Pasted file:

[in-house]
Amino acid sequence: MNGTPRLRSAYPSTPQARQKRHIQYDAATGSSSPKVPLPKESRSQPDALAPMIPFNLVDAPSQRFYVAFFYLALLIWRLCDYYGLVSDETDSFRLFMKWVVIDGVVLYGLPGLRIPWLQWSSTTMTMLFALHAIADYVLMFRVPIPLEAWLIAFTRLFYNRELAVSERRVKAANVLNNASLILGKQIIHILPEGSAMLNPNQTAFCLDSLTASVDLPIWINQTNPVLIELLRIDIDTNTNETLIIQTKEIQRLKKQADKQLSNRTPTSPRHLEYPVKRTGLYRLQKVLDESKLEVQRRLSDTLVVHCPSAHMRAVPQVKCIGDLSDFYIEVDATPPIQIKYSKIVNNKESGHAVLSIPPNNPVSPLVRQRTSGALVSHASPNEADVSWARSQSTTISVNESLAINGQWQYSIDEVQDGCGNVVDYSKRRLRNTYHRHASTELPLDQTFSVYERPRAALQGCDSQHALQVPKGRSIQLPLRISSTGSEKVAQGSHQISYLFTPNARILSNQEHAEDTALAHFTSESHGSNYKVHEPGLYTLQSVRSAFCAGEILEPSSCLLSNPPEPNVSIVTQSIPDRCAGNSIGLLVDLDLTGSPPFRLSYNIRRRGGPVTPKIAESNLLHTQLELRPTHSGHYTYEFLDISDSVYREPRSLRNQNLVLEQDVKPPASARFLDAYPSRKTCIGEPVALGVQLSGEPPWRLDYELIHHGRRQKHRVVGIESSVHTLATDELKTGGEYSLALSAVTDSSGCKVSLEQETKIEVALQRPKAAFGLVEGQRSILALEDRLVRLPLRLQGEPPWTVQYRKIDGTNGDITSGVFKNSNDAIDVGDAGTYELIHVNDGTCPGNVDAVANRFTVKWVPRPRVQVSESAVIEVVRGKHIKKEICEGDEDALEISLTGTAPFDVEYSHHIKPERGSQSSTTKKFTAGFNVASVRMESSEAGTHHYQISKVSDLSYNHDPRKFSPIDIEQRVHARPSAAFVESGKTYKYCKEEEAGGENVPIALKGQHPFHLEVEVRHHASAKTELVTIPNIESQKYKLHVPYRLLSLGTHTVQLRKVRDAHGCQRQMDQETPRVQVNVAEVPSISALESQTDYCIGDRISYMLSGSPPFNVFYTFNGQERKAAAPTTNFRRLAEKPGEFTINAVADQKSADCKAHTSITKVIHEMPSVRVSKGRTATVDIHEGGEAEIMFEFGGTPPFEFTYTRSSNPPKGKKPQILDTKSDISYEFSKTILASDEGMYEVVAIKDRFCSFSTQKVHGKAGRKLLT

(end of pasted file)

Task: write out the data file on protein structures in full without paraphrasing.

[in-house]
Amino acid sequence: MNGTPRLRSAYPSTPQARQKRHIQYDAATGSSSPKVPLPKESRSQPDALAPMIPFNLVDAPSQRFYVAFFYLALLIWRLCDYYGLVSDETDSFRLFMKWVVIDGVVLYGLPGLRIPWLQWSSTTMTMLFALHAIADYVLMFRVPIPLEAWLIAFTRLFYNRELAVSERRVKAANVLNNASLILGKQIIHILPEGSAMLNPNQTAFCLDSLTASVDLPIWINQTNPVLIELLRIDIDTNTNETLIIQTKEIQRLKKQADKQLSNRTPTSPRHLEYPVKRTGLYRLQKVLDESKLEVQRRLSDTLVVHCPSAHMRAVPQVKCIGDLSDFYIEVDATPPIQIKYSKIVNNKESGHAVLSIPPNNPVSPLVRQRTSGALVSHASPNEADVSWARSQSTTISVNESLAINGQWQYSIDEVQDGCGNVVDYSKRRLRNTYHRHASTELPLDQTFSVYERPRAALQGCDSQHALQVPKGRSIQLPLRISSTGSEKVAQGSHQISYLFTPNARILSNQEHAEDTALAHFTSESHGSNYKVHEPGLYTLQSVRSAFCAGEILEPSSCLLSNPPEPNVSIVTQSIPDRCAGNSIGLLVDLDLTGSPPFRLSYNIRRRGGPVTPKIAESNLLHTQLELRPTHSGHYTYEFLDISDSVYREPRSLRNQNLVLEQDVKPPASARFLDAYPSRKTCIGEPVALGVQLSGEPPWRLDYELIHHGRRQKHRVVGIESSVHTLATDELKTGGEYSLALSAVTDSSGCKVSLEQETKIEVALQRPKAAFGLVEGQRSILALEDRLVRLPLRLQGEPPWTVQYRKIDGTNGDITSGVFKNSNDAIDVGDAGTYELIHVNDGTCPGNVDAVANRFTVKWVPRPRVQVSESAVIEVVRGKHIKKEICEGDEDALEISLTGTAPFDVEYSHHIKPERGSQSSTTKKFTAGFNVASVRMESSEAGTHHYQISKVSDLSYNHDPRKFSPIDIEQRVHARPSAAFVESGKTYKYCKEEEAGGENVPIALKGQHPFHLEVEVRHHASAKTELVTIPNIESQKYKLHVPYRLLSLGTHTVQLRKVRDAHGCQRQMDQETPRVQVNVAEVPSISALESQTDYCIGDRISYMLSGSPPFNVFYTFNGQERKAAAPTTNFRRLAEKPGEFTINAVADQKSADCKAHTSITKVIHEMPSVRVSKGRTATVDIHEGGEAEIMFEFGGTPPFEFTYTRSSNPPKGKKPQILDTKSDISYEFSKTILASDEGMYEVVAIKDRFCSFSTQKVHGKAGRKLLT